American Horror Story seems to be breaking new grounds for crazy stuff this season, all while telling stronger stories. They just keep getting stranger and stranger, the twists keep getting twistier, and the show seems willing to go anywhere and do anything just to keep the viewing audience off balance. They’re more than successful at it, too, as I keep getting surprised by the random stuff that happens even though I expect nothing but weirdness.
You would think at this point, American Horror Story couldn’t crank up the craziness to last season’s level, but this week’s episode from the mind of Jennifer Salt just might be the most insane 40-something minutes of television I’ve seen on any network not HBO. Even including HBO, this was sheer bananas, with every plot twist being topped by something else. It was like a game of anything you can do, I can do better, except scripted by maniacs. In short, it was a great Halloween episode.
For starters, the entire episode takes place during a horrible storm. Talk about serendipity. A few short days after a horrible storm tears through real-life Massachusetts, a horrible storm tears through the fictional Massachusetts of American Horror Story: Asylum. Interestingly, actual Hurricane Sandy is something of a Nor’easter herself; the remnants of the hurricane met with a more traditional cold core weather system which dumped even more rain than usual for a hurricane and led to blizzards and 2-3 feet of snow in the higher elevations of the Appalachian Mountains. This was a year after a Halloween nor’easter. Given that last week’s American Horror Story was the day before Halloween, it appears that they got their timing down perfectly for this storm.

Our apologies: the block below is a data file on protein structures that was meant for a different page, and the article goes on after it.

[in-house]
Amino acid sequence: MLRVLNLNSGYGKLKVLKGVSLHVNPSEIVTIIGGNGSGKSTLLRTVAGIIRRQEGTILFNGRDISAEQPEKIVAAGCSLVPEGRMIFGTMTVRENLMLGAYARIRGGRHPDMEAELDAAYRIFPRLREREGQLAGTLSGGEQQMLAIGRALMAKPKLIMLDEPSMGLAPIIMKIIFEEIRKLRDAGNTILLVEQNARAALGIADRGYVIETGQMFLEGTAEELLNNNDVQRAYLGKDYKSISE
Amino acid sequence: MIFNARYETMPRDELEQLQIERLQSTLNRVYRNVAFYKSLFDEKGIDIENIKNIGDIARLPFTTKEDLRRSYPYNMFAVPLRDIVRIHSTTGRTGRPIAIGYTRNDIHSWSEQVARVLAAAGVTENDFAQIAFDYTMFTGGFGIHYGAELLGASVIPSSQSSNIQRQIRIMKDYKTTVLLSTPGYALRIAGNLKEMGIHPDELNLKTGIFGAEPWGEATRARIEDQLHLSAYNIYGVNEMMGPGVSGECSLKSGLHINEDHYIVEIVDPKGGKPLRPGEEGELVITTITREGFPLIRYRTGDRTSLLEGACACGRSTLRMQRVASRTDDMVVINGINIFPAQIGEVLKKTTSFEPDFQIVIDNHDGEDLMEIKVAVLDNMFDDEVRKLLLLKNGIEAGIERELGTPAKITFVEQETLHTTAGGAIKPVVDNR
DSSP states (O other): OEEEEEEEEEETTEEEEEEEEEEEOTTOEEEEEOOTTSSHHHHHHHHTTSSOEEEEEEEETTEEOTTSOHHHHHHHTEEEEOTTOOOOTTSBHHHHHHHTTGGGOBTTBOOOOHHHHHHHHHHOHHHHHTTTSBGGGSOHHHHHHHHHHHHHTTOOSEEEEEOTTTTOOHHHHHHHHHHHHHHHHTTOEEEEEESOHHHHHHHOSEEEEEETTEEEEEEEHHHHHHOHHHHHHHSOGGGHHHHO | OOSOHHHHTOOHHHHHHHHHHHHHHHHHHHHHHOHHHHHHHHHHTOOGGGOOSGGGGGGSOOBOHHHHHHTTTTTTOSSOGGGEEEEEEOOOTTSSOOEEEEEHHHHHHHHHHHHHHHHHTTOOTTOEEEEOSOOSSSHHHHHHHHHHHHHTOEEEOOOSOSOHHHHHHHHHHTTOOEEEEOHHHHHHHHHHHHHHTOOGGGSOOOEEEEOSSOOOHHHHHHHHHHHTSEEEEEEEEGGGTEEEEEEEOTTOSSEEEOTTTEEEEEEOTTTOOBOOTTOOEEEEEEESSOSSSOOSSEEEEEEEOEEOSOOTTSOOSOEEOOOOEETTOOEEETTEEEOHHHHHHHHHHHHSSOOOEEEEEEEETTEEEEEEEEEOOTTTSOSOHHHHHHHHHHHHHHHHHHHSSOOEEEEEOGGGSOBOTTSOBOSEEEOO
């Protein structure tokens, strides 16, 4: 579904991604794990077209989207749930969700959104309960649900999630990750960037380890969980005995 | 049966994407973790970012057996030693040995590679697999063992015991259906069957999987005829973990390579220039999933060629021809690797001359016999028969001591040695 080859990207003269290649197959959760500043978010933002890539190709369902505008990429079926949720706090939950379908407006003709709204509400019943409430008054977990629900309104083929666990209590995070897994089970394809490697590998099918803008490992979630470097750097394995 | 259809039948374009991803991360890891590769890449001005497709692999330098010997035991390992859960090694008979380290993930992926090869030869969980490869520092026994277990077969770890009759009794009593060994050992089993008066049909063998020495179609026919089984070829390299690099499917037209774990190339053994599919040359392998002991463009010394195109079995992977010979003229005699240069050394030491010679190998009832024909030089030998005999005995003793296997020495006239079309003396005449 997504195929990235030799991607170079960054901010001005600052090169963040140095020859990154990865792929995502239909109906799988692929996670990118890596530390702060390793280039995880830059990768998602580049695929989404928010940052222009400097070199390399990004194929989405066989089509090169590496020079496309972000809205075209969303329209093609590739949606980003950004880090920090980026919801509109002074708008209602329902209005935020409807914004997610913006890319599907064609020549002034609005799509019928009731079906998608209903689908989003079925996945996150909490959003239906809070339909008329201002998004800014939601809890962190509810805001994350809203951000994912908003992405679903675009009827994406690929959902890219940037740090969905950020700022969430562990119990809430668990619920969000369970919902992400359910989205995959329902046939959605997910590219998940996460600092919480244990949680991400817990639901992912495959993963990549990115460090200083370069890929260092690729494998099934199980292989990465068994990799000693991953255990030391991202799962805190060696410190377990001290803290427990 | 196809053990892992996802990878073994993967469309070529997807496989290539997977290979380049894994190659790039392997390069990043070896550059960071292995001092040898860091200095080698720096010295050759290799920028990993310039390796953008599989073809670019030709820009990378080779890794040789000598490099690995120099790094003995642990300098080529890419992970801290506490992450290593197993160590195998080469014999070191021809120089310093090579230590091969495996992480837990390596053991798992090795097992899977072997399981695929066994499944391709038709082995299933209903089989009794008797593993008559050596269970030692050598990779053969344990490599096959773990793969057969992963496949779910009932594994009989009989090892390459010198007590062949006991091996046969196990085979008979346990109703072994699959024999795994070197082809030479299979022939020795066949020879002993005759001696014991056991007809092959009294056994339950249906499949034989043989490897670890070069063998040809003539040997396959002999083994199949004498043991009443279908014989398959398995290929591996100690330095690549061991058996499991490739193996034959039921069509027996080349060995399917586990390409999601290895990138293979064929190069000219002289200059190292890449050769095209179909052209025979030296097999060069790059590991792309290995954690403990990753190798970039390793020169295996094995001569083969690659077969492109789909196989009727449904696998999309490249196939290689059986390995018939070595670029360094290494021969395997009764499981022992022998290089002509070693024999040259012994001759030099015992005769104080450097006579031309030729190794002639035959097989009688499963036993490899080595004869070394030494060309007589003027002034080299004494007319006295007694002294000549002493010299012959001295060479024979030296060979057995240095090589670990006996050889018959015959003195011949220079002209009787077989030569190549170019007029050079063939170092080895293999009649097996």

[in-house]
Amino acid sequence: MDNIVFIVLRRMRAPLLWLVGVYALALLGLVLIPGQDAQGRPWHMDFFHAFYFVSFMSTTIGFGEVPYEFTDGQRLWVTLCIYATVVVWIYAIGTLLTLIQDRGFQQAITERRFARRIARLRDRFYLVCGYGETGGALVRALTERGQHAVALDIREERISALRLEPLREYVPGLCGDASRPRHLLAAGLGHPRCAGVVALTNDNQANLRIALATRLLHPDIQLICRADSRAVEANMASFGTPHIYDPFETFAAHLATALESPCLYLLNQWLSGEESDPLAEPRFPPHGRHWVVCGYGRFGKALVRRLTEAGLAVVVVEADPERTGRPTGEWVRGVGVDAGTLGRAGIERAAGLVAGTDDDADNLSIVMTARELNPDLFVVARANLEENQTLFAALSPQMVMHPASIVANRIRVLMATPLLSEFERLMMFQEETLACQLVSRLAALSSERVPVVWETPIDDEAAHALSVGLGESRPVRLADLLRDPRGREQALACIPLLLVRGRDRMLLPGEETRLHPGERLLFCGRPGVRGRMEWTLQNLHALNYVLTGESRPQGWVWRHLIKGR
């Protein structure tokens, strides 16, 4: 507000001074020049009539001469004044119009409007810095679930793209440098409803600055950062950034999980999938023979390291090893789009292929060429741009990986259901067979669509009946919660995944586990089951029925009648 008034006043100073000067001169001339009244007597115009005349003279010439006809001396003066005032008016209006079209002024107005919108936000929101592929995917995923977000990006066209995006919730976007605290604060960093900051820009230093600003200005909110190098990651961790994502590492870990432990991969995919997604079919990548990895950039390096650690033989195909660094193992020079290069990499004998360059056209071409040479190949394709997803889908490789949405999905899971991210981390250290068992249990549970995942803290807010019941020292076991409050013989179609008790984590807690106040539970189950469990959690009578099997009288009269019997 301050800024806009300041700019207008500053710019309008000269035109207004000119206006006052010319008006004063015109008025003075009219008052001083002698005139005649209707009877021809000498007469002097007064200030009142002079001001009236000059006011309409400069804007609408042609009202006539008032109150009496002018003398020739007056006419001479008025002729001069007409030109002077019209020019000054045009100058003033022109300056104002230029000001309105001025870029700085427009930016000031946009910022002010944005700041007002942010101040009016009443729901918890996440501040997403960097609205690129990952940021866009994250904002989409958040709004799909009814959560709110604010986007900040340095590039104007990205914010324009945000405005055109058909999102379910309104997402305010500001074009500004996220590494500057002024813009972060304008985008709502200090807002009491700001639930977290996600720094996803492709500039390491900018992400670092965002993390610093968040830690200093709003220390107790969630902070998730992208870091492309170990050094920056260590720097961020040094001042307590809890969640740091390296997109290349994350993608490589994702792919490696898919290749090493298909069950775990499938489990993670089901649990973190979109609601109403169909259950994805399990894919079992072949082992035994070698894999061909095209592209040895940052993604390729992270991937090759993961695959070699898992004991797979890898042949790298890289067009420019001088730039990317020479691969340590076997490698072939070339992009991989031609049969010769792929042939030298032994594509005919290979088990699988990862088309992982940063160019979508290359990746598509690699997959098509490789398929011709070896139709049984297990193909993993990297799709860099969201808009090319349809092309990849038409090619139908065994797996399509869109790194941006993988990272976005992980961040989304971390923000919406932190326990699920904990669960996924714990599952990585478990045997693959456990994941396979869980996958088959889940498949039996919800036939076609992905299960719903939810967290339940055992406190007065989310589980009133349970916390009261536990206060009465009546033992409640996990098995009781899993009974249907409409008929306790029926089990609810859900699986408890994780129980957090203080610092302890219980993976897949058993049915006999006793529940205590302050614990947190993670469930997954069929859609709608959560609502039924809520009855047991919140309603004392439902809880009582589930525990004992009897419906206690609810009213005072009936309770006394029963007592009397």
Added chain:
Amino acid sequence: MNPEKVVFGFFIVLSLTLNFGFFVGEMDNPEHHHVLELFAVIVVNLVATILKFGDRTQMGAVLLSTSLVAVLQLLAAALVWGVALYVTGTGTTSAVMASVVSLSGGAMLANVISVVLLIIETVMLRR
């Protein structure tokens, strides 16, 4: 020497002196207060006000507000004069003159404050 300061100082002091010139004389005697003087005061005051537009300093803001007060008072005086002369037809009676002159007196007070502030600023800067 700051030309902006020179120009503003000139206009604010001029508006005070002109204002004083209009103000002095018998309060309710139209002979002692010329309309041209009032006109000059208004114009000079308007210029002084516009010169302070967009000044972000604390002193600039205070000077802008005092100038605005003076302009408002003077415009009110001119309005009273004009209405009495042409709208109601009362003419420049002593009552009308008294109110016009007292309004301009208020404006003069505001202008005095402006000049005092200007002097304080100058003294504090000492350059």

All the rain, the flickering lights, the general moodiness created a great atmosphere for director Michael Uppendahl, even if it limits what he can do in terms of composition. There are still plenty of cool moments, particularly a late-episode reveal of a plot twist that I thought was classic, and some good use of slow-motion and Dutch angles at various points. Uppendahl doesn’t use a lot of trickery, but what he does use is effectively deployed. He lets the writing and actors do their thing and stays out of their way.
Every possible plot thread from the first three episodes is revisited this week, and in grand fashion. The triumvirate of Lily Rabe, James Cromwell, and Jessica Lange really dominated the episode, with Dr. Arden and Sister Jude both being manipulated by Sister Eunice, agent of chaos and Satan’s minion. She’s absolutely wonderful in this role, and now freed from Eunice’s cute innocence, the more wicked side of Lily Rabe appears. She delivers some of the best lines of the episode, and her expressions, particularly when watching The Signs of the Cross, are stellar. As for Lange and Cromwell, they both put in some great work, particularly in their first face-off in the episode. Jessica Lange really got to show off this week, and she and Lily Rabe are going to end up competing for awards this ear, I think. Lange last year got the show up and be flashy, but this year she’s got to carry the weight of the show while Rabe gets the flashier role as the possibly possessed nun.
I have to wonder something. The show keeps fleshing out elements, adding in new things, revisiting one-offs from other episodes. So far, the bulk of the action is in ’64, and I definitely approve of that. The Lovers and the modern world storyline keeps taking fun, weird turns, but the real action is in the past. I’m not as engrossed in The Lovers, probably because there hasn’t been as much of them, and all I want is more Grace, Thredson, or Penny and less Adam Levine. It’s not terrible and I’ll keep an open mind. Generally, every odd story the show throws at viewers ends up being worth it. Even Bloody Face will pay off in the end, no doubt.
Three episodes in, and we’ve had three brilliant episodes. The show’s writing and plotting seems stronger, and today showed that the program’s creators and runners aren’t willing to throw out all the trashy, crazy fun in exchange for coherence and effective storytelling. Just as well. If it wasn’t insane, it wouldn’t be AHS.
Is there a limit to the amount of craziness you as the audience will accept from this show? Or are you, like me, willing to embrace anything so long as it ends up being entertaining. I can’t help but wonder if the show is crossing lines some people are uncomfortable with, or if it has crossed so many comfort zones that it’s got diplomatic immunity for being offensive?
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